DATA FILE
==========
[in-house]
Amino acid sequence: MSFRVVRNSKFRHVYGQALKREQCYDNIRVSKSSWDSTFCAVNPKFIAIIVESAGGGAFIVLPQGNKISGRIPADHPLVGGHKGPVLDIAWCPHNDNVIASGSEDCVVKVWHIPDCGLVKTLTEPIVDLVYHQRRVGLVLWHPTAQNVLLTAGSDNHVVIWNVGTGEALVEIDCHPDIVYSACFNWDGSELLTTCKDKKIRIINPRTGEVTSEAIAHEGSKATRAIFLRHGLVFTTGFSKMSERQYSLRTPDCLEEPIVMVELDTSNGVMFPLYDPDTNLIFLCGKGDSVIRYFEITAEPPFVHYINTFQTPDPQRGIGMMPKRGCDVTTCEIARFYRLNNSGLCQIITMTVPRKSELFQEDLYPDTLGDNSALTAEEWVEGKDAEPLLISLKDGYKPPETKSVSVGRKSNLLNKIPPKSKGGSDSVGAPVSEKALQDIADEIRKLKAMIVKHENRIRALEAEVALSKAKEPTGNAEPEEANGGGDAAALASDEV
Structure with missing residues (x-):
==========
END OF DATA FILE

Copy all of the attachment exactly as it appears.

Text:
[in-house]
Amino acid sequence: MSFRVVRNSKFRHVYGQALKREQCYDNIRVSKSSWDSTFCAVNPKFIAIIVESAGGGAFIVLPQGNKISGRIPADHPLVGGHKGPVLDIAWCPHNDNVIASGSEDCVVKVWHIPDCGLVKTLTEPIVDLVYHQRRVGLVLWHPTAQNVLLTAGSDNHVVIWNVGTGEALVEIDCHPDIVYSACFNWDGSELLTTCKDKKIRIINPRTGEVTSEAIAHEGSKATRAIFLRHGLVFTTGFSKMSERQYSLRTPDCLEEPIVMVELDTSNGVMFPLYDPDTNLIFLCGKGDSVIRYFEITAEPPFVHYINTFQTPDPQRGIGMMPKRGCDVTTCEIARFYRLNNSGLCQIITMTVPRKSELFQEDLYPDTLGDNSALTAEEWVEGKDAEPLLISLKDGYKPPETKSVSVGRKSNLLNKIPPKSKGGSDSVGAPVSEKALQDIADEIRKLKAMIVKHENRIRALEAEVALSKAKEPTGNAEPEEANGGGDAAALASDEV
Structure with missing residues (x-):